Spying On Your Spouse

The Vicious Cycle Of Spying On Your Spouse & How To Stop

by | Nov 21, 2020

It can be tempting to think that if you keep checking your spouse’s phone and email for suspicious activity, you will find security and peace of mind. Unfortunately, the opposite is the case.

Perhaps it only happened that one time. You promised yourself it would never happen again. It’s not a big deal. But just like Jim Morrison’s spy, you suddenly know everything your partner is doing, everywhere they go, everyone they know.

This knowledge can help to quiet that part of you wishing to dig through your partner’s emails, texts, or social media accounts . . . for a time.

However, you’ll most likely find this habit is tricky to let go of, made even more difficult if something suspicious is uncovered.

How does one relinquish a habit that allows for peace to wash over you for at least a brief moment? A moment you feel vindicated in your relationship unease, validated amidst the distress that has snuck into your home, into your marriage.

This lucidity vanishes quickly as the need to spy, the need to know, is constantly at war with the part of you that wants to move towards something better with your partner.

It can become difficult to see that this digging only increases the vicious cycle of secretive habits. And become even worse if you decide to keep the spying from your partner, ignoring the power-packed by the lie of omission.

Numerous things boost this need to find knowledge.

Many times, it is spurred by the infidelity of a past partner.

The part of you that remembers the effects of this betrayal attempting to help you, to ensure you aren’t subjected to such pain a second time or that, at the very least, you’re prepared.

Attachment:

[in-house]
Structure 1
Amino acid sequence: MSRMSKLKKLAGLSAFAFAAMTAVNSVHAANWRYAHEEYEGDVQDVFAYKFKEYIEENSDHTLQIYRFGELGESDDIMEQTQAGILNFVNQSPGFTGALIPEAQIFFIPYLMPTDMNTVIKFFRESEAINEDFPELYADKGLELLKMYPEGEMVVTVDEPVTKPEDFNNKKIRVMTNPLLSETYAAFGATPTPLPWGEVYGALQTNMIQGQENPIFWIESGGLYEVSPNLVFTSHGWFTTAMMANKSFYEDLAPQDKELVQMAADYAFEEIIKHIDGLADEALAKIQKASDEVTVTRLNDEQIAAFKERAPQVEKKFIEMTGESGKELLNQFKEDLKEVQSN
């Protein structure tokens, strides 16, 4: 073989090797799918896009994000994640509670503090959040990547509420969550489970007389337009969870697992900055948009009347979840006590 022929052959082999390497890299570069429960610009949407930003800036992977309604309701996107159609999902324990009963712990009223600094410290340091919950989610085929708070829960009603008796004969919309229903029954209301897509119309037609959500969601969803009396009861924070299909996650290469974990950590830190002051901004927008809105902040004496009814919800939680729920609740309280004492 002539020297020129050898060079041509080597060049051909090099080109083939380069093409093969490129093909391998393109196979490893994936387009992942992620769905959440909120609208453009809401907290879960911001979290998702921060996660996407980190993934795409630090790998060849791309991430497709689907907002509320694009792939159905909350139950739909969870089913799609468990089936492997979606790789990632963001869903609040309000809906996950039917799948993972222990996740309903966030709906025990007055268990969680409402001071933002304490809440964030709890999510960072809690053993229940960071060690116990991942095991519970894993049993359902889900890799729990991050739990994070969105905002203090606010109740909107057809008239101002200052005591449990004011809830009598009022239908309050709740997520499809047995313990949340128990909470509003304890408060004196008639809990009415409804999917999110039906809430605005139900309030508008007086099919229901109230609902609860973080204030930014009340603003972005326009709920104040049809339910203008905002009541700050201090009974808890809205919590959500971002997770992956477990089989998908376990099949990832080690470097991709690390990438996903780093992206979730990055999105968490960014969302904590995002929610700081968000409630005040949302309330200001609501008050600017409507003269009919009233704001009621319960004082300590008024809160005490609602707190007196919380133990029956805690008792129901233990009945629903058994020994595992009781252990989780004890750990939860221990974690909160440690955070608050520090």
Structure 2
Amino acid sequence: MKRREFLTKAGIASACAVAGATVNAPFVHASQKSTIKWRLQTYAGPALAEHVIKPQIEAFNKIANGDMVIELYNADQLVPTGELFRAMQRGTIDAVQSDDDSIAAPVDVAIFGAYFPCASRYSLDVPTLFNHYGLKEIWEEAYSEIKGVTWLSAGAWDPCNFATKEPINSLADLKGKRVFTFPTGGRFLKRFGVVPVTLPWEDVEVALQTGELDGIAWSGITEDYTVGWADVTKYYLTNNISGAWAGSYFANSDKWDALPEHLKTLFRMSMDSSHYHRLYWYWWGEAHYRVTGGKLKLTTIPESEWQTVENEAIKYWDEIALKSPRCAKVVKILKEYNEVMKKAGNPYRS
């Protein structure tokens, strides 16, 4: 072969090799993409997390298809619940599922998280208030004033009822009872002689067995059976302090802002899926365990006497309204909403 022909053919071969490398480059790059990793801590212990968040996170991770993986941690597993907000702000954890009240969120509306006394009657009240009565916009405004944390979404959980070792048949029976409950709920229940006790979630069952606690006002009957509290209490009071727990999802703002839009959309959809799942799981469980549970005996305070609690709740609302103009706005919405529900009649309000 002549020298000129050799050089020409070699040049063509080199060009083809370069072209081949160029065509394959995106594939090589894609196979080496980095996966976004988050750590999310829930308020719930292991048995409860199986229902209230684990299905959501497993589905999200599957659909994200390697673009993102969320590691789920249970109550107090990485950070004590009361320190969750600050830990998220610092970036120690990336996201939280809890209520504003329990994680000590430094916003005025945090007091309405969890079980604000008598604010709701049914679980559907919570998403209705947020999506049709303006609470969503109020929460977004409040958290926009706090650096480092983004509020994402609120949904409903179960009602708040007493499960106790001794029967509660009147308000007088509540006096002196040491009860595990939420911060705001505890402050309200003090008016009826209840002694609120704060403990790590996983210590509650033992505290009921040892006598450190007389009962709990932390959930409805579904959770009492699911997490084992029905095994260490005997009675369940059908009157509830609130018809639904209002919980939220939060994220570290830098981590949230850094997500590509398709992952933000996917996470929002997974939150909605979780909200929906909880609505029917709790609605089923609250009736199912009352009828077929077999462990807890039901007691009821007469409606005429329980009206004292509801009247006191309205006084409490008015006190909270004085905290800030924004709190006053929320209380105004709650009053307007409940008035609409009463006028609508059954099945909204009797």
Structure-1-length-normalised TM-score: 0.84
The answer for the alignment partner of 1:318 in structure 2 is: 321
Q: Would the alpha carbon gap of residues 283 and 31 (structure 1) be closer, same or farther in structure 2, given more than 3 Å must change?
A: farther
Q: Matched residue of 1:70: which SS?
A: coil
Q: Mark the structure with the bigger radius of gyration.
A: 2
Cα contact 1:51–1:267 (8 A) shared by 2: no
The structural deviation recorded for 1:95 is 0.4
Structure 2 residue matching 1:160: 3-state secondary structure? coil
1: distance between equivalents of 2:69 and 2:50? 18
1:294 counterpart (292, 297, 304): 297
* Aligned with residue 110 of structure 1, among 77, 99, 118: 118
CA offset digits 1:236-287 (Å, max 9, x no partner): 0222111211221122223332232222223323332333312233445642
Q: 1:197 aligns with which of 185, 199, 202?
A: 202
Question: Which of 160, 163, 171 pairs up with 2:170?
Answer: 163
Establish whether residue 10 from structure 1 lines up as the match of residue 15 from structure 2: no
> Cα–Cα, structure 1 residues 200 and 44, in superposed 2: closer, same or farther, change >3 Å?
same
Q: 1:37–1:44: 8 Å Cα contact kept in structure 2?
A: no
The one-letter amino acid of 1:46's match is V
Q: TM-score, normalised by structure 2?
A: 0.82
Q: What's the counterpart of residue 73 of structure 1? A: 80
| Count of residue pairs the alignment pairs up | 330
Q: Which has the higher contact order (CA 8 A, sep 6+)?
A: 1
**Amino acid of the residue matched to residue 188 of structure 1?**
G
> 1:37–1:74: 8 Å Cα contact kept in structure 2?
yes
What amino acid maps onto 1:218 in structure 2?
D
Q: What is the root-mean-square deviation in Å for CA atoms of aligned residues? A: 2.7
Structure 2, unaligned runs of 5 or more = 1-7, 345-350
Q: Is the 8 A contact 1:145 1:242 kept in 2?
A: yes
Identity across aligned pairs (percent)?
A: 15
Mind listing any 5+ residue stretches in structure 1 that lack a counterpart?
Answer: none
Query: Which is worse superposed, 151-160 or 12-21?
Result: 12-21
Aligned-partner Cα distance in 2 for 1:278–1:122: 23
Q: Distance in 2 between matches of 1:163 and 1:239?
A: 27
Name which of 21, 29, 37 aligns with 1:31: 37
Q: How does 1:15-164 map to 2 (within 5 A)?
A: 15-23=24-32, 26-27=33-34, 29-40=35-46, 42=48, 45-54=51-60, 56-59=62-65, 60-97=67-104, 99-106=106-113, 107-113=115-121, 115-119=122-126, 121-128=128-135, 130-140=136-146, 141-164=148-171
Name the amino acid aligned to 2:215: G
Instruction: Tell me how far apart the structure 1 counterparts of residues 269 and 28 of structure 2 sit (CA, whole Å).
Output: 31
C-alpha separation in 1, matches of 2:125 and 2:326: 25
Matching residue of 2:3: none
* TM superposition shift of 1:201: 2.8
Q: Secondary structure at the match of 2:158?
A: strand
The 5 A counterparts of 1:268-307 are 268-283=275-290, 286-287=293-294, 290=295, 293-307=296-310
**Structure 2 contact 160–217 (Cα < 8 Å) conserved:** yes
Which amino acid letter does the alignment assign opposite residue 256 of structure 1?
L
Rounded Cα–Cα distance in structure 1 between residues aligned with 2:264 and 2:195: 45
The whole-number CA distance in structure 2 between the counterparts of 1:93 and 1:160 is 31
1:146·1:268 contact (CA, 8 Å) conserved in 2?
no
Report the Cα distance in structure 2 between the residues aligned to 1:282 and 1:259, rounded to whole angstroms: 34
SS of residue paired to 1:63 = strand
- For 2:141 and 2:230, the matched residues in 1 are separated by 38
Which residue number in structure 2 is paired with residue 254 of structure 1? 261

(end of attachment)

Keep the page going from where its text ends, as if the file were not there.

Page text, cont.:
It might be stemming from a lack of trust, only creating more issues in the long run as this behavior is utilized to feed the mistrust.

The need to check your partner’s phone may have grown out of a lack of communication resulting from a distance in the relationship. This distance can increase suspicion. Who are they connecting with, if not you? Suddenly, you’ve become the spy in the relationship, which only increases the chasm between you and your partner.

It can be tough to turn that focus back on oneself.

If you find that you can’t stop checking, it can help to question what might fuel this behavior.

Ask yourself what is prohibiting you from merely having a conversation with your partner in an open manner.

This conversation can heighten vulnerability, but it will inevitably increase trust rather than create a cycle of dishonesty, which will inevitably keep you and your partner stuck.

If you need support in this venture, I recommend reaching out to a mental health professional who can provide you additional insight and advocate for your relationship’s health and success.

 

 

Paige Keppler, T-LMFT

Paige Keppler, T-LMFT

Marriage & Family Therapist

Paige is truly an insightful therapist. She is passionate about working with families, teens, and individuals. Paige strives to recognize your individual autonomy while attempting to create an authentic and trusting relationship with which to facilitate healing and growth. She is available for day and weeknight appointments. Click to learn more about how Paige can help you. Learn More About Paige

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